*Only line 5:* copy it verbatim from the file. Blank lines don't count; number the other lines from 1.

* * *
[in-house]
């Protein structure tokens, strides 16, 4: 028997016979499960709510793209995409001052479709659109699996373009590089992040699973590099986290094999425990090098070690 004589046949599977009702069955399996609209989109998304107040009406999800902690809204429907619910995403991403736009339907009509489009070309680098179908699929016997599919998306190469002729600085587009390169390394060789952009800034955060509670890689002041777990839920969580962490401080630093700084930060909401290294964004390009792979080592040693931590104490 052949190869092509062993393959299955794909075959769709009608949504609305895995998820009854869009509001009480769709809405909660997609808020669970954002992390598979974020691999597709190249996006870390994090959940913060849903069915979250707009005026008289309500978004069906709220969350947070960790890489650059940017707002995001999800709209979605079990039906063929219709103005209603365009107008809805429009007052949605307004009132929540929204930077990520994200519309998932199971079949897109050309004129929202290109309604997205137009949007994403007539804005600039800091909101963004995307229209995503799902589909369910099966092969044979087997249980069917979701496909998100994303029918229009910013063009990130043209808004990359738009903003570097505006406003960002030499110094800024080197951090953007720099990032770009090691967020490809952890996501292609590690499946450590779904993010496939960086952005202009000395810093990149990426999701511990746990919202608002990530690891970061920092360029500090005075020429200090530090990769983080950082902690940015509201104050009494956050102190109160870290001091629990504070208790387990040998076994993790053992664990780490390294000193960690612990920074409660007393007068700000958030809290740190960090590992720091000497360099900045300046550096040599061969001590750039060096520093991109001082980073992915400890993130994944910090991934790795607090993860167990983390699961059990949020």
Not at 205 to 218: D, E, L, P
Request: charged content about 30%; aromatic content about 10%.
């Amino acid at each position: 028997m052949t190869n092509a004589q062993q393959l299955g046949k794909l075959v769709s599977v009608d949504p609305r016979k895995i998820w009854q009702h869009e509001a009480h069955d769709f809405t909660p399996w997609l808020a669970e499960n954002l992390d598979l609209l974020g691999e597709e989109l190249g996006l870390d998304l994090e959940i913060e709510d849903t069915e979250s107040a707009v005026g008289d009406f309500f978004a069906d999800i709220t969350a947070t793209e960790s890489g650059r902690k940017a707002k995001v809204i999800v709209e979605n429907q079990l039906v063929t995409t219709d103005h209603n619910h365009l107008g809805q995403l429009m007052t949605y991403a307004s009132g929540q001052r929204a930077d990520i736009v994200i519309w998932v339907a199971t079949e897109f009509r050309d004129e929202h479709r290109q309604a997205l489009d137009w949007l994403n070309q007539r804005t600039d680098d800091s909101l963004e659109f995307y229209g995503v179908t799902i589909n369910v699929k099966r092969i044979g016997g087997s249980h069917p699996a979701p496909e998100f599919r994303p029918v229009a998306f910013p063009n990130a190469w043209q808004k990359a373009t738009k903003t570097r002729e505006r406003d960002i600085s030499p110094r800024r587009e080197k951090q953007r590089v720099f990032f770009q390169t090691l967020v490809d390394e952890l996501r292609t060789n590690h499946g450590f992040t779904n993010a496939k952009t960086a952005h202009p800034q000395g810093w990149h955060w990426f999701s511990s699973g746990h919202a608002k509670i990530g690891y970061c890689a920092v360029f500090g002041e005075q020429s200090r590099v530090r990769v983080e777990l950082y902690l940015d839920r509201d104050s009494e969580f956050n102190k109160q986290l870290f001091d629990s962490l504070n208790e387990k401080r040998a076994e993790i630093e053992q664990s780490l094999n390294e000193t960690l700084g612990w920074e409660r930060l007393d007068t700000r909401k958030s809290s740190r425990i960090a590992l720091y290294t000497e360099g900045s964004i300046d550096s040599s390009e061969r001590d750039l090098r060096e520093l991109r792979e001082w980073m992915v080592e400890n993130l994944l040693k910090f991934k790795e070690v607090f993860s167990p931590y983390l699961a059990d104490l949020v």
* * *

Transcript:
């Amino acid at each position: 028997m052949t190869n092509a004589q062993q393959l299955g046949k794909l075959v769709s599977v009608d949504p609305r016979k895995i998820w009854q009702h869009e509001a009480h069955d769709f809405t909660p399996w997609l808020a669970e499960n954002l992390d598979l609209l974020g691999e597709e989109l190249g996006l870390d998304l994090e959940i913060e709510d849903t069915e979250s107040a707009v005026g008289d009406f309500f978004a069906d999800i709220t969350a947070t793209e960790s890489g650059r902690k940017a707002k995001v809204i999800v709209e979605n429907q079990l039906v063929t995409t219709d103005h209603n619910h365009l107008g809805q995403l429009m007052t949605y991403a307004s009132g929540q001052r929204a930077d990520i736009v994200i519309w998932v339907a199971t079949e897109f009509r050309d004129e929202h479709r290109q309604a997205l489009d137009w949007l994403n070309q007539r804005t600039d680098d800091s909101l963004e659109f995307y229209g995503v179908t799902i589909n369910v699929k099966r092969i044979g016997g087997s249980h069917p699996a979701p496909e998100f599919r994303p029918v229009a998306f910013p063009n990130a190469w043209q808004k990359a373009t738009k903003t570097r002729e505006r406003d960002i600085s030499p110094r800024r587009e080197k951090q953007r590089v720099f990032f770009q390169t090691l967020v490809d390394e952890l996501r292609t060789n590690h499946g450590f992040t779904n993010a496939k952009t960086a952005h202009p800034q000395g810093w990149h955060w990426f999701s511990s699973g746990h919202a608002k509670i990530g690891y970061c890689a920092v360029f500090g002041e005075q020429s200090r590099v530090r990769v983080e777990l950082y902690l940015d839920r509201d104050s009494e969580f956050n102190k109160q986290l870290f001091d629990s962490l504070n208790e387990k401080r040998a076994e993790i630093e053992q664990s780490l094999n390294e000193t960690l700084g612990w920074e409660r930060l007393d007068t700000r909401k958030s809290s740190r425990i960090a590992l720091y290294t000497e360099g900045s964004i300046d550096s040599s390009e061969r001590d750039l090098r060096e520093l991109r792979e001082w980073m992915v080592e400890n993130l994944l040693k910090f991934k790795e070690v607090f993860s167990p931590y983390l699961a059990d104490l949020v």